Are You’re a User? Or Just Being Used?

The 1982 Disney movie, Tron, contains a valuable lesson on the power of the digital systems user today.

In the movie, released 40 years before ChatGPT, the hero is transferred bodily into a computer system under the control of an evil AI. Because he’s the good guy, he tries to lead a revolt, mostly in vain. But just when things look bleakest, he discovers that he has “user power.” Simply by willing it, he can make magical things happen in this alternate universe. Because, under the digital skin, he’s a human being who uses computer systems, not the other way around.

Since 1982, the line between using and being used has grown fuzzy. Most of the world’s favorite applications – social media, maps, ecommerce – gain their power from the information users provide through our use. Digital maps know when you will reach your destination because they are tracking the location and speed of thousands of vehicles along your route. Social media and e-commerce analyze the content of your posts or purchases to determine what content to put in front of you next. We are using and being used at the same time. You can say that it is our personal choice to do so – and tech companies insist it is. But in practice, the “being used” side of things is invisible to most of us most of the time.

What’s it for?

Today, big sums of public money are flowing into making municipalities smarter and more connected, after a pandemic taught us the immense public value of such systems. But when local government makes technology choices for its constituents, it raises big questions. How can we protect privacy while creating a good user experience? What forms of monitoring and surveillance are acceptable? How do we manage social media for the good of the community?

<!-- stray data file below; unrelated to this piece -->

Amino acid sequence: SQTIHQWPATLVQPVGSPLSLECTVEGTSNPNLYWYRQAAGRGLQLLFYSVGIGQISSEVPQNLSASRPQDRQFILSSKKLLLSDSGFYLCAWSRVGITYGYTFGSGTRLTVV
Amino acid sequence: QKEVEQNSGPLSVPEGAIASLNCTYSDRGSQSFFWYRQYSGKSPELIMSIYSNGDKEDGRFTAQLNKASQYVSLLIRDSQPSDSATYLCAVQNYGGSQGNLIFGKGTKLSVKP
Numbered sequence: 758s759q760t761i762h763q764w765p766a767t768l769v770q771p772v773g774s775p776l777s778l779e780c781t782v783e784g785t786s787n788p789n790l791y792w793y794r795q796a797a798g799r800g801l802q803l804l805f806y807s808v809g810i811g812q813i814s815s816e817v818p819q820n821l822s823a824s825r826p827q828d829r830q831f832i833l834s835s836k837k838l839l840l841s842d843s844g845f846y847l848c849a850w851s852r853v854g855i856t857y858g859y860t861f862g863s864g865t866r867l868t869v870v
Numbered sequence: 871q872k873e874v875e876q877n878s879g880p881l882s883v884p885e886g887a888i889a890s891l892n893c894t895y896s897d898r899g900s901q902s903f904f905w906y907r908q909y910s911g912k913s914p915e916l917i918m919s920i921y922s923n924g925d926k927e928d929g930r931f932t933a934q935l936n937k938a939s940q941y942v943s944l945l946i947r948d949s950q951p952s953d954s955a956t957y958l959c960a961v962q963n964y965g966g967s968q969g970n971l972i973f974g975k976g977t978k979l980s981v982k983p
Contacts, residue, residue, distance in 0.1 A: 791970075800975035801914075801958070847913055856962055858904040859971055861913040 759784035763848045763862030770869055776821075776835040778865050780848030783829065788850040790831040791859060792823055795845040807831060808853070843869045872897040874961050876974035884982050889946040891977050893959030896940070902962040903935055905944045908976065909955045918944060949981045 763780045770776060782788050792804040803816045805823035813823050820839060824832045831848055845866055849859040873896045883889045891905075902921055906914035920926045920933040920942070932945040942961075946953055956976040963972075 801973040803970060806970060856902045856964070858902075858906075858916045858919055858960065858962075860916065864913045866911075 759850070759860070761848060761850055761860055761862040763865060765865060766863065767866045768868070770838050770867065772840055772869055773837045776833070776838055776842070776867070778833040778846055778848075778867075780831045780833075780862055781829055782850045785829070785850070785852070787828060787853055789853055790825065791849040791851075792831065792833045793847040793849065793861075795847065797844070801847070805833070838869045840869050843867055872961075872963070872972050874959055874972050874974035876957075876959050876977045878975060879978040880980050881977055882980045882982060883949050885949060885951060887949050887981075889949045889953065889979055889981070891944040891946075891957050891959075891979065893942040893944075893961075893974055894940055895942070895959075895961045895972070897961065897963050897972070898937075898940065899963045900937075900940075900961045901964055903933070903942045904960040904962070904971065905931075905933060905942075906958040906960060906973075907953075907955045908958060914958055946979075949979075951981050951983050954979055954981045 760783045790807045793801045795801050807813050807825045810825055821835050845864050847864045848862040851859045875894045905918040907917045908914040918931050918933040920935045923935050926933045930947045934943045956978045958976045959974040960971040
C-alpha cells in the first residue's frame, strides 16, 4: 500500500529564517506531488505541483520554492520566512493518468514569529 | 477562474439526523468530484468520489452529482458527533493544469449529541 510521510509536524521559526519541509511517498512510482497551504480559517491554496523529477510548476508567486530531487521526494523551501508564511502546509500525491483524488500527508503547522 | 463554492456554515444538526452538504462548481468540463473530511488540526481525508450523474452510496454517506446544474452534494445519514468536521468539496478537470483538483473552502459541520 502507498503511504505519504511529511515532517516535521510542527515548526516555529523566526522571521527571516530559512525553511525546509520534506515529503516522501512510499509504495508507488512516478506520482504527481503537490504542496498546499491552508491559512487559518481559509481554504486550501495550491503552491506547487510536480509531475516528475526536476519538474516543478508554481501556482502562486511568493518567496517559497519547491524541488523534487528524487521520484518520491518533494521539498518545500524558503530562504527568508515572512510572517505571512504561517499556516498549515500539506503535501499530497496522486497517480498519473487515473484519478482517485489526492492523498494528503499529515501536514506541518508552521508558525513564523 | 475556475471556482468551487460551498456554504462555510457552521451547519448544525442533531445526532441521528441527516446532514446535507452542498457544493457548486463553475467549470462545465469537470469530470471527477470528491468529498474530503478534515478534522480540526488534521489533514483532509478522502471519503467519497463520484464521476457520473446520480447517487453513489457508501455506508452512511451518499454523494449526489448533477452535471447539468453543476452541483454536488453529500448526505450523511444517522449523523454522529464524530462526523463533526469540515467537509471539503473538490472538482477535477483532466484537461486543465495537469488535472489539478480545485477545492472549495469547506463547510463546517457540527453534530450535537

Behind these concerns is the biggest question of all. What is all this smart city technology ultimately for?

Does it contribute to making the community better? That is, to creating or maintaining a great place to live, to work, to earn a good wage, get an education, start a business, raise a family and prepare the way for the next generation? The last time I checked, that’s what elected and administrative leaders are supposed to be doing – making the place called home better in ways that matter to its people.

Making the place called home better

Viewed through that lens, the most popular smart city investments may have a different look. Take one of the top ten: dynamic traffic management using connected, remotely controlled stoplights. Properly executed, it delivers good value in the form of less traffic congestion. But then, there’s that pesky question: is less traffic congestion what your city or region needs most?

It could be, if gridlock is holding back your city’s development. Or maybe it would be more productive to spend a fraction of that money on a hackathon. Let’s say a university student builds an app in that hackathon that accesses the city’s data on the GPS location of buses run by private companies. In a South American city of 7 million, it became one of the most downloaded apps and helped launch a thriving mobile tech sector. Or it could be more valuable to help a community college create centers of excellence where local companies bring their problems and students learn real-world skills, as a midsize Canadian city did. These projects are about technology – because that is a core part of most innovation today – but they are not Smart City fixes for urban problems.

Viewed through the lens we call the Intelligent Community, your tech options can look different. Are you using technology to make the place called home better, or are you adopting somebody’s ready-made tech solution because there is funding available and – why not?

You can certainly do both if you have the resources. But it’s important to make a conscious decision about where you place your tech bets. If constituents see a lot of money going into smart and connected technology that doesn’t make their lives better, they just may decide there’s an evil AI in charge. And our Digital Decades have given them all the user power they need to make sure everybody knows it.

Rights to DISNEY image purchased from Alamy:

Robert Bell
Robert Bell is co-founder of the Intelligent Community Forum, where he heads its research, analysis and content development activities.

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